Physician hematologist/oncologists in approximately 100 to 150 community-based oncology centers will participate and enroll a total of 300 to 500 patients. The patients will be followed for up to two years each. The Company plans to publish data from the registry on an ongoing basis. The AVIDA registry study is supported by a Scientific Advisory Board (SAB) that will provide guidance on clinical issues including data interpretation and analytics reviews. In addition, the registry study is HIPAA-compliant and a central Institutional Review Board has been selected to provide study oversight.
“We are very enthusiastic about the launch of this registry as part of our ongoing and significant commitment to the post-market evaluation of Vidaza,” said Patrick Mahaffy, president and chief executive officer of Pharmion. “We believe the resulting data will provide practical information to physicians in the community, providing a greater understanding of how Vidaza is used to provide clinical benefit to their patients.”
On May 19, 2004, Vidaza (azacitidine for injectable suspension) became the first drug approved by the FDA for the treatment of patients with Myelodysplastic Syndromes (MDS). The FDA approved Vidaza, the first in a new class of drugs called demethylation agents, for treatment of all five FAB MDS subtypes, which include both low-risk and high-risk patients. These subtypes include: refractory anemia (RA) or refractory anemia with ringed sideroblasts (RARS) if accompanied by neutropenia or thrombocytopenia or requiring transfusions; refractory anemia with excess blasts (RAEB), refractory anemia with excess blasts in transformation (RAEB-T), and chronic myelomonocytic leukemia (CMMoL).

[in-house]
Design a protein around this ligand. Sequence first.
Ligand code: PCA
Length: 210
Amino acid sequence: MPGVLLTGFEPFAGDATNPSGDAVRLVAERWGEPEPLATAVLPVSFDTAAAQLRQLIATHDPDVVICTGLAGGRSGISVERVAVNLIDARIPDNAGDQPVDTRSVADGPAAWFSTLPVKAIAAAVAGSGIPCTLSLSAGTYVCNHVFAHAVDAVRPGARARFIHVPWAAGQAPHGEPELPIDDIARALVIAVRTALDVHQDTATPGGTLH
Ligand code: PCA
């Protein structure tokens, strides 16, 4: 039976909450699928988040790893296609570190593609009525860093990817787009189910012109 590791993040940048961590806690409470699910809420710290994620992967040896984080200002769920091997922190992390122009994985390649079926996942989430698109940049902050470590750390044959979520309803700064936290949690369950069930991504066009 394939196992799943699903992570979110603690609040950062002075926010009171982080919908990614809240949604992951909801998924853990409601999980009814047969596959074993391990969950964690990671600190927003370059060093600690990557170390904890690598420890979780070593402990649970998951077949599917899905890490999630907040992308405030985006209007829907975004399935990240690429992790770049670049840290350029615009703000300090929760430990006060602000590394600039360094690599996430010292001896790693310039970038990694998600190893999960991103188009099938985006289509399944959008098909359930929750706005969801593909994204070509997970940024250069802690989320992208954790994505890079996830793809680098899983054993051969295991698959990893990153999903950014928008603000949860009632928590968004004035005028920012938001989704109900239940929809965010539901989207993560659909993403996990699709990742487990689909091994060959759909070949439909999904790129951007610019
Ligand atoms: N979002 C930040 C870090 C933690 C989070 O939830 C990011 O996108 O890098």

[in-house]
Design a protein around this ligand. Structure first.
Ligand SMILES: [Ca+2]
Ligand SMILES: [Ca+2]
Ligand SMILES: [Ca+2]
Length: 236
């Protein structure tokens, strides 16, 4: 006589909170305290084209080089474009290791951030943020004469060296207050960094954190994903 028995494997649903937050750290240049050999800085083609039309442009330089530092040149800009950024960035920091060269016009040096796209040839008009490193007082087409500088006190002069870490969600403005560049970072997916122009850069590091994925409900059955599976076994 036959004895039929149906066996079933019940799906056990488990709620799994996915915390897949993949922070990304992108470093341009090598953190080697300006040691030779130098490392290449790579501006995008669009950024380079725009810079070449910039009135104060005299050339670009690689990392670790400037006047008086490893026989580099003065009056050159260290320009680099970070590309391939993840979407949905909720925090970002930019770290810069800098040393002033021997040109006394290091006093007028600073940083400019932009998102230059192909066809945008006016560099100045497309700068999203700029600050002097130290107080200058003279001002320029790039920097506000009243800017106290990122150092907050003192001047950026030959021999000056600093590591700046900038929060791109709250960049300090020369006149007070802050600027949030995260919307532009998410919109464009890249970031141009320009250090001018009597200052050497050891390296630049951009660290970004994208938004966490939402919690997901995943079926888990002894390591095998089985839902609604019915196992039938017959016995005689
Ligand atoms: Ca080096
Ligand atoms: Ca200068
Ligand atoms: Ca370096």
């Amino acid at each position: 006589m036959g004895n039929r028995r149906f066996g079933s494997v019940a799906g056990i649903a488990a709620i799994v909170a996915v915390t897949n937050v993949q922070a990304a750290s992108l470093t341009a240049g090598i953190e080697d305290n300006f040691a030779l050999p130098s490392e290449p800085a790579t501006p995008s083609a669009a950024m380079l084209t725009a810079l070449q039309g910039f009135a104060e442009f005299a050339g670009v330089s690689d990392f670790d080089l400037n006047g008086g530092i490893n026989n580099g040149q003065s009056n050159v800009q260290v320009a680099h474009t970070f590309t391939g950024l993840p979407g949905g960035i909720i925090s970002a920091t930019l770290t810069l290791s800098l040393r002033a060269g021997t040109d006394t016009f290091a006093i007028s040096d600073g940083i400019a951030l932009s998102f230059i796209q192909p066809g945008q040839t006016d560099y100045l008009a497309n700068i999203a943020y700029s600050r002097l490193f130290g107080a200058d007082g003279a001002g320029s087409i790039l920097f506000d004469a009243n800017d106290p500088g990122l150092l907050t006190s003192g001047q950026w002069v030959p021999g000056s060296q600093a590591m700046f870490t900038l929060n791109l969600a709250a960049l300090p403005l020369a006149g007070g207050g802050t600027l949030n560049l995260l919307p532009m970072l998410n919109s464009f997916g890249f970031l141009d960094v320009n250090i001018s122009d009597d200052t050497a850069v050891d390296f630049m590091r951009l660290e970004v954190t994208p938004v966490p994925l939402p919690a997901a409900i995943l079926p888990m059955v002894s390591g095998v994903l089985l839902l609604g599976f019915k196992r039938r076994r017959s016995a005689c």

Vidaza is believed to exert its antineoplastic effects by causing hypomethylation of DNA and direct cytotoxicity on abnormal hematopoietic cells in the bone marrow. The concentration of azacitidine required for maximum inhibition of DNA methylation in vitro does not cause major suppression of DNA synthesis. Hypomethylation may restore normal function to genes that are critical for differentiation and proliferation. The cytotoxic effects of azacitidine cause the death of rapidly dividing cells, including cancer cells that are no longer responsive to normal growth control mechanisms. Non-proliferating cells are relatively insensitive to Vidaza.